I propose the following theorem (with corollary) regarding discussion of science fiction as a genre.
(ETA: Now revised for clarity! Plus a tentative title, and a suggested additional theorem.)
Theorem of Science Fiction Denial:
If an artist makes a point of asserting that a creative work is not science fiction, then (1) the odds that the work is science fiction increase to a near-certainty, while (2) the odds that the work's science fiction elements (e.g., world-building, science) are good decrease dramatically. Nb.: the work as a whole may still have artistic merit.
If an artist makes a point of asserting that a creative work is not science fiction because "science fiction is X", then the statement "science fiction is X" is almost certainly wrong.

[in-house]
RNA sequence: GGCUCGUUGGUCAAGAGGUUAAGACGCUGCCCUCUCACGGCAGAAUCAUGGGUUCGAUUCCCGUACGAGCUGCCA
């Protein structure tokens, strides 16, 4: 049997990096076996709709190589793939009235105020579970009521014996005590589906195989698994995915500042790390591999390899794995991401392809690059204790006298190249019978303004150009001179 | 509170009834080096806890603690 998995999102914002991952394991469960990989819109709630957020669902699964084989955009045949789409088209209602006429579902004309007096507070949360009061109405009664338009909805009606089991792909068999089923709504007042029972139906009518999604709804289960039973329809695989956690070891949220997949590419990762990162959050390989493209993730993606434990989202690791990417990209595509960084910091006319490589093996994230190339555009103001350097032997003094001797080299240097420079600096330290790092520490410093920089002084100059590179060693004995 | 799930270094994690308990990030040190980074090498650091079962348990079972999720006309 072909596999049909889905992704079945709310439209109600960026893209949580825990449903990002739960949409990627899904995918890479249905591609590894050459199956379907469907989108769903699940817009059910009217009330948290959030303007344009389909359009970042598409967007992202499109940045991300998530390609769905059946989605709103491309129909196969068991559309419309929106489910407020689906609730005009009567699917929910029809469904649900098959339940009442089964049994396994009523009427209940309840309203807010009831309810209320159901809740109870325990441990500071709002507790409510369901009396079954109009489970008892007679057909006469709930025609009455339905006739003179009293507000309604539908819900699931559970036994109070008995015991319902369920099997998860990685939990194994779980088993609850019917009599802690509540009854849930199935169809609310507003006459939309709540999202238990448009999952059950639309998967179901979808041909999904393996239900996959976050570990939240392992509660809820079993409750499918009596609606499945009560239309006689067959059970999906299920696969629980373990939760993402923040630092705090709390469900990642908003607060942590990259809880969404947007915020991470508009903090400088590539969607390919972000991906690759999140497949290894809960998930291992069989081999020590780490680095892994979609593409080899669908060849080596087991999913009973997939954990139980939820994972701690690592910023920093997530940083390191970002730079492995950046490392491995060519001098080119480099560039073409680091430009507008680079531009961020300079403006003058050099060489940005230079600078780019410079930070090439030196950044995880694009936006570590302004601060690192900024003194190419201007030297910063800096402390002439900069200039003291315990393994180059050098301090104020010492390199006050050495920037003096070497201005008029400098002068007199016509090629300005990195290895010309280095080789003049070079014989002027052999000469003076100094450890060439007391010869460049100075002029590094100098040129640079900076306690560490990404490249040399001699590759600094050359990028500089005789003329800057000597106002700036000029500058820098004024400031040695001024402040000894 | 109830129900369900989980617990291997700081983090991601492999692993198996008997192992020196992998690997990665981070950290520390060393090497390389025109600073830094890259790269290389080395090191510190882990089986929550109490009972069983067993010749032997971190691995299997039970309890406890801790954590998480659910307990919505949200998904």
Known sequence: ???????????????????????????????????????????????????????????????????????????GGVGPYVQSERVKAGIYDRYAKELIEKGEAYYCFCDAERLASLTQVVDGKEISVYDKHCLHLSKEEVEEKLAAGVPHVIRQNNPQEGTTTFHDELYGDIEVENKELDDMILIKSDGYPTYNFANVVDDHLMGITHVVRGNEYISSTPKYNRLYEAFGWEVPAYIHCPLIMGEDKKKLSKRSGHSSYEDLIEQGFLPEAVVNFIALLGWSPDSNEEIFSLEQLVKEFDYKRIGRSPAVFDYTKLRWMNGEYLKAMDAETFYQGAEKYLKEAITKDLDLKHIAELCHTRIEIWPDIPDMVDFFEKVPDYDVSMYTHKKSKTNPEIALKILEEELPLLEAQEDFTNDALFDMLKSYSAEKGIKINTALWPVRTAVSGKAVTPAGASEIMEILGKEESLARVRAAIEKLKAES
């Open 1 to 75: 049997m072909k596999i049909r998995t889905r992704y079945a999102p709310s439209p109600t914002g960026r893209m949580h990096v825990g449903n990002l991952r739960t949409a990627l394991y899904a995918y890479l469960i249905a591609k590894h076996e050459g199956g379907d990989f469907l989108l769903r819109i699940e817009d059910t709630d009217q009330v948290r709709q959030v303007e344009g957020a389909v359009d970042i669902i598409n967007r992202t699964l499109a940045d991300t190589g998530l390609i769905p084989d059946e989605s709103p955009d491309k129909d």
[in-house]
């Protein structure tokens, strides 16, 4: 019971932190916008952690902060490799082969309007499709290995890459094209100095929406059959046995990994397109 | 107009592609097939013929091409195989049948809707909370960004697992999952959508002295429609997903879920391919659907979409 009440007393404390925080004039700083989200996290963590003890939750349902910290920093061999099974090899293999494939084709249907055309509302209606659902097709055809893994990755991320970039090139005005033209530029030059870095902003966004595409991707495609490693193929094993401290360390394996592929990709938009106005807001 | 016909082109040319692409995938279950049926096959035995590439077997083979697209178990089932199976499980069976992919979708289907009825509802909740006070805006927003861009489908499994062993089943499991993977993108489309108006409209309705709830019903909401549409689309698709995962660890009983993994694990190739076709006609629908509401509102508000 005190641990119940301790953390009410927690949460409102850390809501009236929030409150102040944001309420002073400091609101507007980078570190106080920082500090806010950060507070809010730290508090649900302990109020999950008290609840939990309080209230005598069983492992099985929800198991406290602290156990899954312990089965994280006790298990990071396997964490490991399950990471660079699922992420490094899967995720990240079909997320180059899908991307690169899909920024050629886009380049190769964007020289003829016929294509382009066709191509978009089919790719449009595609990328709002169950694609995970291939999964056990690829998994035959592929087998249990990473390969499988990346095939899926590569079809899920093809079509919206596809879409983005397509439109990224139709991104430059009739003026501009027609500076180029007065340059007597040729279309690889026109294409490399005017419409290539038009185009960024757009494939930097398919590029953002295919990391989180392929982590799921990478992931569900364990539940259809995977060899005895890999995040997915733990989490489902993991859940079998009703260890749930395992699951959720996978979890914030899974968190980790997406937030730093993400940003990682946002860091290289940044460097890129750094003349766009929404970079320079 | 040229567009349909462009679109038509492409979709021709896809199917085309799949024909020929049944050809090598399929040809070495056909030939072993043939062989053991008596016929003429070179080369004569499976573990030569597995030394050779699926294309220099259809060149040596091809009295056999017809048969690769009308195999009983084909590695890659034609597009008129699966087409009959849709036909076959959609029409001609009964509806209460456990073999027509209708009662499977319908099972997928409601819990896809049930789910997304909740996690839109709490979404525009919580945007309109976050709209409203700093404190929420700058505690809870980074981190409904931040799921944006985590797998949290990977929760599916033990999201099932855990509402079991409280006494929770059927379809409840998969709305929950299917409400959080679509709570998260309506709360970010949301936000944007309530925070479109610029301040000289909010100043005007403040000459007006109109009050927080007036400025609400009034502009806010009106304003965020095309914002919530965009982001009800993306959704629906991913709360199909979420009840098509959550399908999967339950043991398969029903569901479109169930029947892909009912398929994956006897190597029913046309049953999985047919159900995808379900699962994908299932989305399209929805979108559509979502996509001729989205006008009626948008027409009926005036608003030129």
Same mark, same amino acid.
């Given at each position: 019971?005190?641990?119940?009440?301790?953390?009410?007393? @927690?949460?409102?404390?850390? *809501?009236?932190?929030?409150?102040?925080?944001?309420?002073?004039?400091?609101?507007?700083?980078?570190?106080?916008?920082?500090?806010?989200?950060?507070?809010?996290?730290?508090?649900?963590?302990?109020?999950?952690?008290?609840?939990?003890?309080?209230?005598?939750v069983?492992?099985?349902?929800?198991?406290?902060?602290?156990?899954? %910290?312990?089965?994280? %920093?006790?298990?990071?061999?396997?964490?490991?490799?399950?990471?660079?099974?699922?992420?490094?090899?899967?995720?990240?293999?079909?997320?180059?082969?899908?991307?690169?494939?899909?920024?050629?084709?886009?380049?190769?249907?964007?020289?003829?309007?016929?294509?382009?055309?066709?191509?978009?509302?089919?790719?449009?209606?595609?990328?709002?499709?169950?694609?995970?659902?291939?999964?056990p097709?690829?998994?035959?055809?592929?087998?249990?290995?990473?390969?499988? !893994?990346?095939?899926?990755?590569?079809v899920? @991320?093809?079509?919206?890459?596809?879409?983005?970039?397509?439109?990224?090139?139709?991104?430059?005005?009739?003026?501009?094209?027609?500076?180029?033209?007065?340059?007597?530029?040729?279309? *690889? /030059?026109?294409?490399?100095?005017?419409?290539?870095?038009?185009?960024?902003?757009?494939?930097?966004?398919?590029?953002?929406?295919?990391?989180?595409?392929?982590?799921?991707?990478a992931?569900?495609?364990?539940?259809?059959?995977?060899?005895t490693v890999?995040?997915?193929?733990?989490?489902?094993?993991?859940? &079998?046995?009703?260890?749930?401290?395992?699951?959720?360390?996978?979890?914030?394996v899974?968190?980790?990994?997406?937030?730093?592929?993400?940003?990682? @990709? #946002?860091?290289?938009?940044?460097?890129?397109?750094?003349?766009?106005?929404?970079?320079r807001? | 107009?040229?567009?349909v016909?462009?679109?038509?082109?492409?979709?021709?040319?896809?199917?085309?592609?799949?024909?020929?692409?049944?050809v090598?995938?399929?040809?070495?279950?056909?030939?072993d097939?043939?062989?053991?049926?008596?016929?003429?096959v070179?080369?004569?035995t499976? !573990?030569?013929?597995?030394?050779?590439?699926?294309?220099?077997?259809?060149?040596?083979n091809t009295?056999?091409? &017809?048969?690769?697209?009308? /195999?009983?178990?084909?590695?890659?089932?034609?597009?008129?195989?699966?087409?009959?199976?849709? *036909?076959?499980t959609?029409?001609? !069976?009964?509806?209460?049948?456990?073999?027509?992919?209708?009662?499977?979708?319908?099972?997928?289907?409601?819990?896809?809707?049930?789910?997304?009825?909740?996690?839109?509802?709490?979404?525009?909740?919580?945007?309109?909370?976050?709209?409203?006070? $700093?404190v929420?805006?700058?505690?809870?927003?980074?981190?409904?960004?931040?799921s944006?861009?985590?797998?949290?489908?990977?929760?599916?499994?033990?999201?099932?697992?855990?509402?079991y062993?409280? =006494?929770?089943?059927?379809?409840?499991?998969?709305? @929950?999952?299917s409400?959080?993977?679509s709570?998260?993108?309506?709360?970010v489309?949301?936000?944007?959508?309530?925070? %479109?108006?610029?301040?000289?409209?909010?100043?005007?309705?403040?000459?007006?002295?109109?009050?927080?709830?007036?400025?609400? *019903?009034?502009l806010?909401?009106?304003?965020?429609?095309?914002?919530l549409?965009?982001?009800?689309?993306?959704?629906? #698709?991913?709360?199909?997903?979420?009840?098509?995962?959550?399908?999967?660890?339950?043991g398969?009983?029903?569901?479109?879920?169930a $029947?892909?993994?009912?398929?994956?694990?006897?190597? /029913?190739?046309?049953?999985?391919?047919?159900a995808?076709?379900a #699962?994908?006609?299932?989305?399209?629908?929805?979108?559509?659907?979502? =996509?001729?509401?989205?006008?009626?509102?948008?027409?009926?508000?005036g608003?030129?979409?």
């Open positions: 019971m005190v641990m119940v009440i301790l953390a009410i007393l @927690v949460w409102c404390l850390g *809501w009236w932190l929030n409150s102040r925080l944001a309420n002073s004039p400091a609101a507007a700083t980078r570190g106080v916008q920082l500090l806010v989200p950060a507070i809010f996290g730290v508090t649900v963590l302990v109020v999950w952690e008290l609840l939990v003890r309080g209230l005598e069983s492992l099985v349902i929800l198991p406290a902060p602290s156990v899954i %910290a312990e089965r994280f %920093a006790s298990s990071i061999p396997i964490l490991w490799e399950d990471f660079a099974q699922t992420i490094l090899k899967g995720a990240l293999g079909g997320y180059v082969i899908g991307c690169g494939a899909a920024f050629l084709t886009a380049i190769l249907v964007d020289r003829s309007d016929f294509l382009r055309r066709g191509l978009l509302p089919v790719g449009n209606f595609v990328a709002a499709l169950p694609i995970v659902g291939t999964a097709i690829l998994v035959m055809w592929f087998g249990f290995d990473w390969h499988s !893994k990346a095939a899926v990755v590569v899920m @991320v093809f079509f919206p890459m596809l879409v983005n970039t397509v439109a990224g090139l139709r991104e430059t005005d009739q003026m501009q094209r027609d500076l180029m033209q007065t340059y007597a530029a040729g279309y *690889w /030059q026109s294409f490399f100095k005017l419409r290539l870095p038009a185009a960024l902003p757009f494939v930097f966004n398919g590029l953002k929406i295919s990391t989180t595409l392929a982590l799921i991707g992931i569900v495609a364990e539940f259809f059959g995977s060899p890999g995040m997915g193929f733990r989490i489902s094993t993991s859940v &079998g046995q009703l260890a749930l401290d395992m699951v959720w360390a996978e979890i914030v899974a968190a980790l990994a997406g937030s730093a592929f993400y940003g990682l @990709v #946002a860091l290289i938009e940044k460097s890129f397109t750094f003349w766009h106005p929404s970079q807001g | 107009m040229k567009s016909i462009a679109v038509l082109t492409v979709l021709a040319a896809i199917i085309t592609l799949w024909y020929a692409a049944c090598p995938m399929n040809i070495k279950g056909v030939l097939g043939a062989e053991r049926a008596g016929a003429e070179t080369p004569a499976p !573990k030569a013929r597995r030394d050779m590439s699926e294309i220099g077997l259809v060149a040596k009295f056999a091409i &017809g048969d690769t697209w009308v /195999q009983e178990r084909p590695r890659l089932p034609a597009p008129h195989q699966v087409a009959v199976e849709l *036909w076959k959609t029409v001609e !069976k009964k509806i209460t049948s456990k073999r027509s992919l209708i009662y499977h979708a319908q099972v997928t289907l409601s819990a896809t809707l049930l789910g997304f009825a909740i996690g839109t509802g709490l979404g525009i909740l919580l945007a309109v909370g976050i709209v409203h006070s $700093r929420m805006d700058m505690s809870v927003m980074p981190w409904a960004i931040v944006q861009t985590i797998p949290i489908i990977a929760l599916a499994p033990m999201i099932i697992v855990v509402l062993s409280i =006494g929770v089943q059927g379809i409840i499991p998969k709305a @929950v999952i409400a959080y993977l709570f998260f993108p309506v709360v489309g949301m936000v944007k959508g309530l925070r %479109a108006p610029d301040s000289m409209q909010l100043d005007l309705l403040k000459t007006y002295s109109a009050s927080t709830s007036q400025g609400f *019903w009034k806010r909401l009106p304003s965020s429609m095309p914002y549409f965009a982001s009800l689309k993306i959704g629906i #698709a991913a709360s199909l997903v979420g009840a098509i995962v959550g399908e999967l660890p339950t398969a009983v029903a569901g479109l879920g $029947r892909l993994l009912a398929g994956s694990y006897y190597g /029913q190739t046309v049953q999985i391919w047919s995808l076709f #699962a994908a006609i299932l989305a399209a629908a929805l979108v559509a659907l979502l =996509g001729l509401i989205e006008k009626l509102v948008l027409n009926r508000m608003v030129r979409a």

Proposed Theorem of Genre Denial:
Take the above theorem (and corollary), replace "science fiction" with "genre," and remove the parenthetical.
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prior comments, edits (kept because otherwise comments wouldn't make sense):
Comments, discussion, thoughts on snappy names? (While I believe it's traditional to name theorems after their originators, I rather doubt that I am the originator; moreover, "Nepveu Theorem" is awfully hard to properly spell or say.)
[Edit post-morning-dog-walk: I strongly suspect that this is generalizable to just "genre", but don't have the background to demonstrate it. For fantasy, the only example that's coming to mind is Phillip Pullman, and while the corollary definitely holds for him, I don't remember enough about the ways the His Dark Materials trilogy failed to say if the theorem does.]